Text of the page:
C&C Group H1 operating profits down following software problems
In a trading update, Tennent’s owner C&C Group said it expects its first-half operating profit to fall to between €29m and €31m, compared to €54.9m a year earlier, due in part to problems implementing new software across its business in Great Britain.
C&C Group plc has published a pre-close trading statement today (19 September) for the six-month period from 1 March to 31 August 2023, ahead of announcing its H1 results on Thursday 26 October 2023.
The Ireland-based group, which also owns Tennent’s and Magners, said it expects its first-half operating profit to be in the range of €29-31m, compared to €54.9m a year earlier.
The estimate includes the significant majority of a one-off profit impact associated with a disruption to the implementation of an Enterprise Resource Planning (ERP) system in the Group’s GB distribution business.
In May 2023, the Bulmers maker posted operating profits of €84.1m for FY2023, a rise of 75.6%. The financial year results were published following news of the group’s shares tumbling the week prior, with CEO David Forde stepping down as a director with immediate effect.
C&C Group said at the time that it had “encountered significant challenges” with the implementation of an Enterprise Resource Planning (ERP) system upgrade in the Matthew Clark and Bibendum business unit in Great Britain.
C&C Group acquired both Matthew Clark and Bibendum from troubled wine retailer Conviviality in 2018.
The company said in May: “C&C currently expects a one-off impact of c.€25 million associated with ERP system disruption in FY2024, reflecting the cost associated with restoring service levels and lost revenue.”
In the six months to 31 August 2023, C&C expects to deliver net revenue of c.€870m, a drop of c.1% on a constant-currency basis from a year earlier.
C&C’s trading update also detailed the group’s leverage at the end of H1, defined as net debt to earnings before exceptional items, finance income, finance expense, tax, depreciation, amortisation and share of equity accounted investments profit after tax. Net debt comprises borrowings (net of issue costs), lease liabilities capitalised less cash.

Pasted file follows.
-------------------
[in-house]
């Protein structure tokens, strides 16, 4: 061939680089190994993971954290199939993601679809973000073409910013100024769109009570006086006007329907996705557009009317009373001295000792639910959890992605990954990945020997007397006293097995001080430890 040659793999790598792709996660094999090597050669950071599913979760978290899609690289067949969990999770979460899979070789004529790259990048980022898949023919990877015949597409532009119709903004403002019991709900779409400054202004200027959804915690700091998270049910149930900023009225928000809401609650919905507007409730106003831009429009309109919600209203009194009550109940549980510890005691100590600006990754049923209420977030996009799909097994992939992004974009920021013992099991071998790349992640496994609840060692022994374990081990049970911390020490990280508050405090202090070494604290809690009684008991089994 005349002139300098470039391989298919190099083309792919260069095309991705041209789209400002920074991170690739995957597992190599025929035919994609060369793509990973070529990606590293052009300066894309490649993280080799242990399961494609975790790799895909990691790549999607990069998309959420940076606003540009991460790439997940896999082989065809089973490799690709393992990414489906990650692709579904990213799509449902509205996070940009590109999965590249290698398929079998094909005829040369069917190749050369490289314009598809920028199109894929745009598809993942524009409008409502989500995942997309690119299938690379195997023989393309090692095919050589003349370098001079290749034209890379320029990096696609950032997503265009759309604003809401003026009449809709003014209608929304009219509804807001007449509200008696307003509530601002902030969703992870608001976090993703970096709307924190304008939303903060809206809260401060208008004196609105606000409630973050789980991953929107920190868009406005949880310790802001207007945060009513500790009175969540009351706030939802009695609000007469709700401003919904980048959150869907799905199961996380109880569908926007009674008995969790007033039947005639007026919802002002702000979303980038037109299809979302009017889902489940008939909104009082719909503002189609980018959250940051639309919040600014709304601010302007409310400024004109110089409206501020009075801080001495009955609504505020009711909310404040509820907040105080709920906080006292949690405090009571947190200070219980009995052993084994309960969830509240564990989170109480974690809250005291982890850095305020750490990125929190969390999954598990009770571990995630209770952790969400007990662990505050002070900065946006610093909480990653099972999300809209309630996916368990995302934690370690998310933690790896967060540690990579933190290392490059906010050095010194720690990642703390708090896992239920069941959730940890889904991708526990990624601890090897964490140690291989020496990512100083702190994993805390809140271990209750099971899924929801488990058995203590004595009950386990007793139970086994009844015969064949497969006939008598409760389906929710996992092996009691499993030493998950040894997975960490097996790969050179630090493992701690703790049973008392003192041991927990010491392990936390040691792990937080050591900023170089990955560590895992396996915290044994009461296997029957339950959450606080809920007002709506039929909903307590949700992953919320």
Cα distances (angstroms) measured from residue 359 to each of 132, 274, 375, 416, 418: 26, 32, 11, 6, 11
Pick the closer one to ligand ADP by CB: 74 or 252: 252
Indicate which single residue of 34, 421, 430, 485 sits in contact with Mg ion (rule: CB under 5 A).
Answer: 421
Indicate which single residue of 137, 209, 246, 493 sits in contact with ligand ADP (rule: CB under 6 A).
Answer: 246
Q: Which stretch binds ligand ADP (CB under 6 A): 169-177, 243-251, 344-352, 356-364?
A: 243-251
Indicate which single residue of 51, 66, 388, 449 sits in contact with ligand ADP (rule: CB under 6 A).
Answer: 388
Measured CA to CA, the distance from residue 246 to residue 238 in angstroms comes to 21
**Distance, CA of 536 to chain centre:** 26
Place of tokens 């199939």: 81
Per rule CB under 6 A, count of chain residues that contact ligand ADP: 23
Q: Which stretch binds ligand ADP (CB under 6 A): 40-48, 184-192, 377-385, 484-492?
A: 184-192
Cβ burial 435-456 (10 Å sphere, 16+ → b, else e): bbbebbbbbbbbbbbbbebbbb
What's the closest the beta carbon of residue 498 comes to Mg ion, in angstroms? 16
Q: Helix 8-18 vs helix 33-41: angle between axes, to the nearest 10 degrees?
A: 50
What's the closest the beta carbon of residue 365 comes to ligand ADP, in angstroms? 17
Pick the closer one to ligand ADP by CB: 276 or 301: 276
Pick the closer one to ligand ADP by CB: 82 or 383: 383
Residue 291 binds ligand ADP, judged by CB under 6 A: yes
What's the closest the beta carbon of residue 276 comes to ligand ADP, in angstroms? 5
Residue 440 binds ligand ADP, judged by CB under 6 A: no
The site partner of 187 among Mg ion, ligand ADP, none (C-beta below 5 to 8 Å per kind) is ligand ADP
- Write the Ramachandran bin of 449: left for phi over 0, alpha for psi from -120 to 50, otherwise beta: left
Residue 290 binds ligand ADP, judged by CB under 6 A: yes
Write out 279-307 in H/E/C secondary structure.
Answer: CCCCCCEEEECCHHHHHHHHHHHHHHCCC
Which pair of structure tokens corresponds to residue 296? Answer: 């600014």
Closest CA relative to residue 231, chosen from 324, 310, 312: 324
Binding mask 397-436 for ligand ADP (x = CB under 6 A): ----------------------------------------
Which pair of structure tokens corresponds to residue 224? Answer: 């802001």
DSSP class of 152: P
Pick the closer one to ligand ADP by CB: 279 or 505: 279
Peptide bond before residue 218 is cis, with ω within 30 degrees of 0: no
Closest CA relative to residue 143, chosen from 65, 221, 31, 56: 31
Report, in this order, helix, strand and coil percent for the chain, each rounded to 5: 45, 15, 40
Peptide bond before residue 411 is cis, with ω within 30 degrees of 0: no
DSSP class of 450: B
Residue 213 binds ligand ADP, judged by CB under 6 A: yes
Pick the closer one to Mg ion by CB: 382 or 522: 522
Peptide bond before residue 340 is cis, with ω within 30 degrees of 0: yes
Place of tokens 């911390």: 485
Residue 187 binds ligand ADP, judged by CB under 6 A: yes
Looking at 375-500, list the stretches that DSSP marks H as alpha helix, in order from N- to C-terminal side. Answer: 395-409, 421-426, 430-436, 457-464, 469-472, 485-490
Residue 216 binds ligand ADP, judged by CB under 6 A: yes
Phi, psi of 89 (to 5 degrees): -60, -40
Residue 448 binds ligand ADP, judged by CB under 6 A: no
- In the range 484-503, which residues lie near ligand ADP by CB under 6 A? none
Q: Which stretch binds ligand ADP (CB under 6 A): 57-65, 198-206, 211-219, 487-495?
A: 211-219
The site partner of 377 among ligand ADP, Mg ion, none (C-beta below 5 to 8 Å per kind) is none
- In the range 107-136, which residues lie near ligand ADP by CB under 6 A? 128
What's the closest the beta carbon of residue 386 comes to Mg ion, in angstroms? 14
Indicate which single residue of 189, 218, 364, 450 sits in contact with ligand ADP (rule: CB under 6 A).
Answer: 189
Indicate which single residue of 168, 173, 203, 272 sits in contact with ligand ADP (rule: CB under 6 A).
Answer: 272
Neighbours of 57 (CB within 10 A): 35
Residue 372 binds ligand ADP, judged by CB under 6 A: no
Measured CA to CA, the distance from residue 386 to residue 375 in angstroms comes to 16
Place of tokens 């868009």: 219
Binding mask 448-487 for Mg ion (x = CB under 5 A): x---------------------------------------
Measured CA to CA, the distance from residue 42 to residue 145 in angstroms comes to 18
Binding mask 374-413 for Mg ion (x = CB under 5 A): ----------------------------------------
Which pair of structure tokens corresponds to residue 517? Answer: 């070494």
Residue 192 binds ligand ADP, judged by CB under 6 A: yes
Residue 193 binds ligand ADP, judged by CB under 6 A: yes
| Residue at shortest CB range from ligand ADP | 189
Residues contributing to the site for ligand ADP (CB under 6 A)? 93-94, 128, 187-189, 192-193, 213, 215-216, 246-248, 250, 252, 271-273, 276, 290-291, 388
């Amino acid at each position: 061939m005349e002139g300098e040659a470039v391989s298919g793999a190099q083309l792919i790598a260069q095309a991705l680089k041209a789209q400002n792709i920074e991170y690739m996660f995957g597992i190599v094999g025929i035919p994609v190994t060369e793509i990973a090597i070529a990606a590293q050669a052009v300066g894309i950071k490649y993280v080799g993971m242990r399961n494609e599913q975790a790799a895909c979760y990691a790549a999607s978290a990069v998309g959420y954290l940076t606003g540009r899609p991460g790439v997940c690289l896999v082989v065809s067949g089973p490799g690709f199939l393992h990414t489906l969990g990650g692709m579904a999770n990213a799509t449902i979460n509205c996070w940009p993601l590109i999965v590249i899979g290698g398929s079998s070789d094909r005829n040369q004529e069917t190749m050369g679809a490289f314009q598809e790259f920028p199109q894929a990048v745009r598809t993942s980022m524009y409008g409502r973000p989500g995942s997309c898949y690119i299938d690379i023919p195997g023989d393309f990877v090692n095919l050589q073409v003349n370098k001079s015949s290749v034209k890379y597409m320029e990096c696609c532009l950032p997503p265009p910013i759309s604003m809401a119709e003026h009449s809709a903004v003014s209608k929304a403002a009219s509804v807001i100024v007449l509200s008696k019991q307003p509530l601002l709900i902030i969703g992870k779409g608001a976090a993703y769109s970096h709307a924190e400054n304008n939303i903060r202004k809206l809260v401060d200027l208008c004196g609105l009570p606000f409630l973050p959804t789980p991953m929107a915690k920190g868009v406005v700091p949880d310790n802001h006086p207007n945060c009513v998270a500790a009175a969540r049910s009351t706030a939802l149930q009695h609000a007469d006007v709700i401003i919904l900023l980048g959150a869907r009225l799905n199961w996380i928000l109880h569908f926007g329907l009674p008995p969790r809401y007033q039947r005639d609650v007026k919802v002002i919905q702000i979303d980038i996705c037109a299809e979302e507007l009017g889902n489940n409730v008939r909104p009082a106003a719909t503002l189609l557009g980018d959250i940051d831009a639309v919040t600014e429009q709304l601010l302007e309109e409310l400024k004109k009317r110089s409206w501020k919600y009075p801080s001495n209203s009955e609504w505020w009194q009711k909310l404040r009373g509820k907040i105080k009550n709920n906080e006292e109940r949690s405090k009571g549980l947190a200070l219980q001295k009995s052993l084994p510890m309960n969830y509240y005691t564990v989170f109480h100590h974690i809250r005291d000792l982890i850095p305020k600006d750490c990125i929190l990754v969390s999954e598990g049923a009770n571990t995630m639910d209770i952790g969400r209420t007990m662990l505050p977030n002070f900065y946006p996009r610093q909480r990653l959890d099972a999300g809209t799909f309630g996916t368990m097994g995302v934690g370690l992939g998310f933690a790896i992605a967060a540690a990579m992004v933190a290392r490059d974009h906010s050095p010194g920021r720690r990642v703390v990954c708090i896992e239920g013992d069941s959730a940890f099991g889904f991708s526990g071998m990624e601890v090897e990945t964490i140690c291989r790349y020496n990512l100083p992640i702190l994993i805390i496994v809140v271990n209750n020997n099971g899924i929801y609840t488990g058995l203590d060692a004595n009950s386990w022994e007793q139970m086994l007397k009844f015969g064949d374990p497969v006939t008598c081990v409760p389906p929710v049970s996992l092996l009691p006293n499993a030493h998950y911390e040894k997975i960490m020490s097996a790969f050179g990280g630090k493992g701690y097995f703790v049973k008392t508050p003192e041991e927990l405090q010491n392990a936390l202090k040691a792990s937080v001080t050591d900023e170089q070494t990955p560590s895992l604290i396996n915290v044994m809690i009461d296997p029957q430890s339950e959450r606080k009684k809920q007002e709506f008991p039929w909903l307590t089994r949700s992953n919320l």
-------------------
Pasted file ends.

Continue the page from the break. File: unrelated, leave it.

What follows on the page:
The group said leverage at the end of H1 was expected to be 2.1x on a post IFRS16 basis and 1.6x on a pre-IFRS 16 basis — “marginally higher than our target range, due to the ERP system implementation issues”, the company said.
However, it affirmed its expectations that leverage would be within C&C’s “stated range” by the close of FY2024.
The beer and cider maker described trading for own brands in Ireland and Scotland as “encouraging”, with net sales revenue for branded business up 6% for H1.
Good weather in June helped boost trading, but poorer weather in July and August, combined with cost-of-living pressures, hampered results in the latter part of this period, the company said.
Patrick McMahon, former group CFO, took over from Forde as the chief executive officer in May. He commented: “Set against a difficult market backdrop, we are pleased with the strength of the performance of our branded businesses in Ireland and Scotland in the period. We are particularly pleased with the progress we have made in restoring customer service levels following the ERP system implementation issues in our GB distribution business within our planned timeframe. Delivering outstanding service, winning back customers, continued business simplification and improved operating efficiency remain our top priorities and focus for the second half.”
C&C’s process to recruit a new CFO is ongoing, the company said, in conjunction with an independent executive search firm, with plans for an update in “due course”.